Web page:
Influenza is a strange “hobby” and one would hardly think there was much to it, it’s “only the flu” after all. The reality is, however, that influenza can be a very complicated disease [for some] and it is a virus that changes with regularity. Added to the mix are the variants of influenza itself. Toss those three things together: variable disease profiles, the collection of 144 influenza A strains, the mutable nature of the virus and presto – a “hobby” that never seems to lose its ability to surprise.
The Independent [UK] has an uncommonly astute opinion piece on our collective state of mind where 2009 H1N1 is concerned: Keep calm and carry on [excerpts with emphasis added].
As any pedant knows, the “Keep Calm and Carry On” poster was printed in 1939 but never displayed – at least, not until 2005, when it became the latest equivalent of “You Don’t Have to Be Mad to Work Here … But It Helps”. One of the reasons for its popularity may have been that it offers such a multilayered rebuke to the tendency of today’s media to overreaction and panic.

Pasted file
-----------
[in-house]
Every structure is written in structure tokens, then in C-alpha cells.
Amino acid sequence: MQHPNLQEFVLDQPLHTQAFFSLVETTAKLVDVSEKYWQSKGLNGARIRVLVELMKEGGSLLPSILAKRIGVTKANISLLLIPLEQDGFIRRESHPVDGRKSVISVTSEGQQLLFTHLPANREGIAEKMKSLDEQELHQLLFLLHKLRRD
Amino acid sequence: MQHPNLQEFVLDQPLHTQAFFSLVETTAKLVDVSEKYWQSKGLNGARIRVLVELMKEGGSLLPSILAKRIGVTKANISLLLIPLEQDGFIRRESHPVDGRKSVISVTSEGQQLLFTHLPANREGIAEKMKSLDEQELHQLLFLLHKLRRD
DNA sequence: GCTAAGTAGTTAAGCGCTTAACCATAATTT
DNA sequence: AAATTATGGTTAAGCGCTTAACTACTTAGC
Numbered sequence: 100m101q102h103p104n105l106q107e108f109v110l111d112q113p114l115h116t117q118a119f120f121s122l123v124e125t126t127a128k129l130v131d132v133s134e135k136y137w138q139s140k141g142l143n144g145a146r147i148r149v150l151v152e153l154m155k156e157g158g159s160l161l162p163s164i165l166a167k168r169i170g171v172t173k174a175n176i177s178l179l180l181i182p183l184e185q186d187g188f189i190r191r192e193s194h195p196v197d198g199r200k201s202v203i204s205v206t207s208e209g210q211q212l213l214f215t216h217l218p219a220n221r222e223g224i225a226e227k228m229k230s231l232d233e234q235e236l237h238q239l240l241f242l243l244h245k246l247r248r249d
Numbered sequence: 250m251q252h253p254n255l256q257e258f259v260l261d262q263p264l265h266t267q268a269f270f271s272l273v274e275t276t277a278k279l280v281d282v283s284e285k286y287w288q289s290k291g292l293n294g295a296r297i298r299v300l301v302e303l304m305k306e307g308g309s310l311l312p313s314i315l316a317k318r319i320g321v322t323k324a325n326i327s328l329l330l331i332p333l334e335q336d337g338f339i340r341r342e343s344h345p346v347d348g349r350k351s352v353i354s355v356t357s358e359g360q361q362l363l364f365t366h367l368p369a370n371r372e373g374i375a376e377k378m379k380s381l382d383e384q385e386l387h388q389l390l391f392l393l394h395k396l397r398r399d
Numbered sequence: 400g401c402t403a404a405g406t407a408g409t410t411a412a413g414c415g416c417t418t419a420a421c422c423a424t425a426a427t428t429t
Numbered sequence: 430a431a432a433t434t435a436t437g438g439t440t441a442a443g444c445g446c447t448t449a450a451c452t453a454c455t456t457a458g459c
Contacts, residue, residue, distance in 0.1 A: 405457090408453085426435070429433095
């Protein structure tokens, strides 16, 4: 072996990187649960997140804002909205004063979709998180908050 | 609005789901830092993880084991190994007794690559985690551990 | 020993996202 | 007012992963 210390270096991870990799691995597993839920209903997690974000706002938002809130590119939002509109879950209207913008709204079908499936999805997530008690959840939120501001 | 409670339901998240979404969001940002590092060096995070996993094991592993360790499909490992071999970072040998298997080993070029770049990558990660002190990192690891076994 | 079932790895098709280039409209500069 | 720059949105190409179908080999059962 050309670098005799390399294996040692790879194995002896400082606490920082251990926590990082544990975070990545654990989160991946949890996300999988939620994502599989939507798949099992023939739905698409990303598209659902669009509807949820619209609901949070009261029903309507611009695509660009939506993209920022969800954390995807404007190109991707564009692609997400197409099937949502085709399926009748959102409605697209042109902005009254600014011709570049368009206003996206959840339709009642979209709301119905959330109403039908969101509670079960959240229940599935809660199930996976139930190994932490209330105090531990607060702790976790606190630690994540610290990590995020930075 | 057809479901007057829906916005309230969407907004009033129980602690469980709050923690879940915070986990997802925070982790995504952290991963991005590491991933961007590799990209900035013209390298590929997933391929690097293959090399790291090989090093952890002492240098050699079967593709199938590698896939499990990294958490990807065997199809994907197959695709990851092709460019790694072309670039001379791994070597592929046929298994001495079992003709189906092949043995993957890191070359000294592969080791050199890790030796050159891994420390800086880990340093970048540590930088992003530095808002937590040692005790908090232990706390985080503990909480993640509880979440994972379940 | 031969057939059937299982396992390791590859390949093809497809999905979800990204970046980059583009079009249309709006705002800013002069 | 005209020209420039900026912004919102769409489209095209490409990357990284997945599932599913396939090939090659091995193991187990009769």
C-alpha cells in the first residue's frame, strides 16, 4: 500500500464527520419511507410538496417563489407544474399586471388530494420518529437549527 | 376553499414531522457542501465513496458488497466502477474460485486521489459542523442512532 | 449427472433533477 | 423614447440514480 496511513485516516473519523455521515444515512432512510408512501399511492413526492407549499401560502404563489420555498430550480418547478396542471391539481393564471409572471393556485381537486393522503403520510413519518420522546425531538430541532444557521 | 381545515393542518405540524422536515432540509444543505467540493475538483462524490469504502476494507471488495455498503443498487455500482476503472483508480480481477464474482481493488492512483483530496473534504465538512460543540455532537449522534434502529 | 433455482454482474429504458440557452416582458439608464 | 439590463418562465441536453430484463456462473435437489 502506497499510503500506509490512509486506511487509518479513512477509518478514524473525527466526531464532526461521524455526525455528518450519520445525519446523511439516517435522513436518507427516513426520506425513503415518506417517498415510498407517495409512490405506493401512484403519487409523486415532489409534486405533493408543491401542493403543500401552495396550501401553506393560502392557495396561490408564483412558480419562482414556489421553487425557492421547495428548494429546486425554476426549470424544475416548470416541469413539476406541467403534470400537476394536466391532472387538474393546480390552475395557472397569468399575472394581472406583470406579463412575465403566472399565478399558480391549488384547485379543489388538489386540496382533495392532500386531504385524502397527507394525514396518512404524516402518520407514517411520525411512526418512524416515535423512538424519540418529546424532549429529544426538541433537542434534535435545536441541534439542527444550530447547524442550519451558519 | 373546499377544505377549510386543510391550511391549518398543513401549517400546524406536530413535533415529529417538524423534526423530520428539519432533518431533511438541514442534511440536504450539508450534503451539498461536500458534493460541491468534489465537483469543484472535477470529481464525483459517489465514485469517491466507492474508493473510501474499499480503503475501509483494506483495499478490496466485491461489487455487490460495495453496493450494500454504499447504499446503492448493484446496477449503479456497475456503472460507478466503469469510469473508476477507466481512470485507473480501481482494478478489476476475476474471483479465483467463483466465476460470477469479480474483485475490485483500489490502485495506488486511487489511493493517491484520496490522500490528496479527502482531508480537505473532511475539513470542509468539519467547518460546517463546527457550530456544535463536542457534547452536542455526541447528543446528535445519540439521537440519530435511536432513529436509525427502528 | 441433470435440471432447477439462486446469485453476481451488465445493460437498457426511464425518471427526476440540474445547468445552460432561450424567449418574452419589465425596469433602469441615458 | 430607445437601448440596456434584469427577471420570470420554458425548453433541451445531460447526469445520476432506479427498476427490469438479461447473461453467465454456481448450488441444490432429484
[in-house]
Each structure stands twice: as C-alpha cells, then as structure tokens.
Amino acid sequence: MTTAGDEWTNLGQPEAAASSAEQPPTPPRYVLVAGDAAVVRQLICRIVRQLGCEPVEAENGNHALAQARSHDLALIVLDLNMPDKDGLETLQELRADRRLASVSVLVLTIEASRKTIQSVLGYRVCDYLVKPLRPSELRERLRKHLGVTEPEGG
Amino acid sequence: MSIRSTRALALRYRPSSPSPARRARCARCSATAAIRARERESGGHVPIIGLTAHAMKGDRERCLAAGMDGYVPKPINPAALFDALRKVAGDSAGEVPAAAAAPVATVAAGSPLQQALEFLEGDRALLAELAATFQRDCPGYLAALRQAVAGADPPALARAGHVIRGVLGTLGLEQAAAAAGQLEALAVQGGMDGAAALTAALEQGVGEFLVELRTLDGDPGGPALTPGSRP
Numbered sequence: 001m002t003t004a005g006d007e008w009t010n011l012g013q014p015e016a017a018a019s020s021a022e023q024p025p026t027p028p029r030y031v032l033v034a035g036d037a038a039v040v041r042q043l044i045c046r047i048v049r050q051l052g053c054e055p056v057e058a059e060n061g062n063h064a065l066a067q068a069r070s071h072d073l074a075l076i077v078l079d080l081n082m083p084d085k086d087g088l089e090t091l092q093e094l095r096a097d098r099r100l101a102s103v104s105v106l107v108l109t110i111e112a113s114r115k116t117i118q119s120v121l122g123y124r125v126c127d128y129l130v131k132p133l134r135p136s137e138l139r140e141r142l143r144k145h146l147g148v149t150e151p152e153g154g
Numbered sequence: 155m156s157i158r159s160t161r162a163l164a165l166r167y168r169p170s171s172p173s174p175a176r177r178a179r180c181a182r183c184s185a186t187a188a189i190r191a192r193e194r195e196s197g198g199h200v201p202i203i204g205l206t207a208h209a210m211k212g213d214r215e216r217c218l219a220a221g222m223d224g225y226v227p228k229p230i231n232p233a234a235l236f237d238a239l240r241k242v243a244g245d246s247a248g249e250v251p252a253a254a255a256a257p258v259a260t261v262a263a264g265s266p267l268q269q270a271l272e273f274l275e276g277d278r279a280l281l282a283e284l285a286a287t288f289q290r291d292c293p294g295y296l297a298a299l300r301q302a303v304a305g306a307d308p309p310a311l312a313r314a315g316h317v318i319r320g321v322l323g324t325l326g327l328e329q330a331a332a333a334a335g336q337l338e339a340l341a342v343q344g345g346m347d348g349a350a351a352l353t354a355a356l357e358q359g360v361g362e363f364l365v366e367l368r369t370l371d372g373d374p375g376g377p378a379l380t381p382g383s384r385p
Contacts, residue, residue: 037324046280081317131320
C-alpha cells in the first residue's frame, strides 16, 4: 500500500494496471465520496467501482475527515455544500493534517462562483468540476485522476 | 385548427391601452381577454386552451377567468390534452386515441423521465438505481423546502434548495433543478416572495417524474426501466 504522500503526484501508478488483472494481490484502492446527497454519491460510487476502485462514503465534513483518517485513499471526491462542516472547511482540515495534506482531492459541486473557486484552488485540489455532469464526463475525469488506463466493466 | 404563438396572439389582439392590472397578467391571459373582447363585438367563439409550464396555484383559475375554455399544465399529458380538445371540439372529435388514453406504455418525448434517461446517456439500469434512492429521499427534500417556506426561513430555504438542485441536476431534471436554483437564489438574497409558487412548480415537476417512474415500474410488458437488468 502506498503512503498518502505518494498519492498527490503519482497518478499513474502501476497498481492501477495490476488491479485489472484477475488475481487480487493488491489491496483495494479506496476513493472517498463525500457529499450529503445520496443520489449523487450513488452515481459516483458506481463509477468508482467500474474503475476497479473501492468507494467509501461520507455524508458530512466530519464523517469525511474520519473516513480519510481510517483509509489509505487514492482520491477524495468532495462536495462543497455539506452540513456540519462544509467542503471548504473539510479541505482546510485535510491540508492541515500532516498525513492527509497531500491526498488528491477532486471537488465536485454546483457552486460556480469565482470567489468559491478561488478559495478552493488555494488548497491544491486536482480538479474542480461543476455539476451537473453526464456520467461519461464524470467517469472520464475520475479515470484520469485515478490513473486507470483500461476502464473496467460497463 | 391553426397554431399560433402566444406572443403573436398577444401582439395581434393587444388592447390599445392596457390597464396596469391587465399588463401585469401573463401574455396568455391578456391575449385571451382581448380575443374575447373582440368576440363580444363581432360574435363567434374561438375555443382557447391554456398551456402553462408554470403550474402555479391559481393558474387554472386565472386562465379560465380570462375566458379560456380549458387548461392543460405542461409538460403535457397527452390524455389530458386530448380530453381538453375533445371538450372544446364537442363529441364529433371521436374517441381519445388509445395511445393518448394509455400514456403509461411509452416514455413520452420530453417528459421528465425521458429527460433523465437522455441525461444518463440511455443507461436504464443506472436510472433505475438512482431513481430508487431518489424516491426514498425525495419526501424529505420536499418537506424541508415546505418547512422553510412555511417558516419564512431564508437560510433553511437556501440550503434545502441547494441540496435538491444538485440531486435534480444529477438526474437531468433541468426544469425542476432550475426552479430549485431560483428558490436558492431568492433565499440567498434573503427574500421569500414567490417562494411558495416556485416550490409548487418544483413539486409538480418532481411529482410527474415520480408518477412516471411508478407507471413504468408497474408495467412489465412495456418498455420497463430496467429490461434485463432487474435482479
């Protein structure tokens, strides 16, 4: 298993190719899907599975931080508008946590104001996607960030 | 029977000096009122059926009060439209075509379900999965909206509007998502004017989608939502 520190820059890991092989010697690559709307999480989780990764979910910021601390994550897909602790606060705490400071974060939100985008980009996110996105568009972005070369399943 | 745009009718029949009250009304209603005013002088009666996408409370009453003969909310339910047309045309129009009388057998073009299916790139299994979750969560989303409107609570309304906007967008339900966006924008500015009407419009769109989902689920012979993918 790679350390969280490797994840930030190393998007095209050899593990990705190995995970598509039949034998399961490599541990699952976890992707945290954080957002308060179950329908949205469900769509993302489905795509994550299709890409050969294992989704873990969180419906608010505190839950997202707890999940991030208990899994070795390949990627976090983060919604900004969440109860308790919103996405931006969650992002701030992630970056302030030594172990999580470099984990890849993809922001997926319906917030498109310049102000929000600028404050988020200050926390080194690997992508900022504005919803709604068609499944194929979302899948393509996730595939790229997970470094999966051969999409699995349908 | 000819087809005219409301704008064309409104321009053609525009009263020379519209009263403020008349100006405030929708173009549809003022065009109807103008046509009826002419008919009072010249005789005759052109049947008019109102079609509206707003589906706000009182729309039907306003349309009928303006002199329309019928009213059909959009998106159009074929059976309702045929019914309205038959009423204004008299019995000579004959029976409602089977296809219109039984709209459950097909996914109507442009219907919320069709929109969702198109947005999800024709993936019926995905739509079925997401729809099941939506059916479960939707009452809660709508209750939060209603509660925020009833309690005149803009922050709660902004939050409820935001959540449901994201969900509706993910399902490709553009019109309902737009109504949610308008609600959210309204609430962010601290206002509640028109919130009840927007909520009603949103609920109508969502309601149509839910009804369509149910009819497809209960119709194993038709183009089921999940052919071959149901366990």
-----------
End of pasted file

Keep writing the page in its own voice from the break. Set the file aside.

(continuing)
The swine flu pandemic is the starkest recent example of the difficulties we have as a nation in dealing with the concept of risk. The Government, the media and the general public have all struggled to make sense of the threat that arose in April when cases of swine flu were first reported in Mexico. Partly because of the scare over Sars in China and Canada in 2003, and partly because officials had been so well-prepared for the possibility of a bird flu pandemic, public opinion was already sensitised to the possibility of a new strain of flu virus spreading quickly around the world and killing hundreds of thousands of people.
Even those who are not “flu obsessed” had some level of exposure to the concepts and concerns of a novel pandemic influenza, even if only on a subconscious – subliminal level.
This point is what set this opinion piece apart, and above, most everything else we’ve suffered through reading from our popular media:
Perhaps the most telling thought experiment is this: if we had not known about the existence of swine flu, would we have noticed that anything unusual was happening? Many adults have felt ill in the past two months; some might even have had swine flu. Many of us have children who have been sick and run a high temperature for a few days. Had we not heard about pandemics from the media and NHS information campaigns, we might have used words such as “flu” and “stomach bug” loosely, and carried on.
It’s a point well worth contemplating as we approach a flu season that will likely be much more active than we normally face.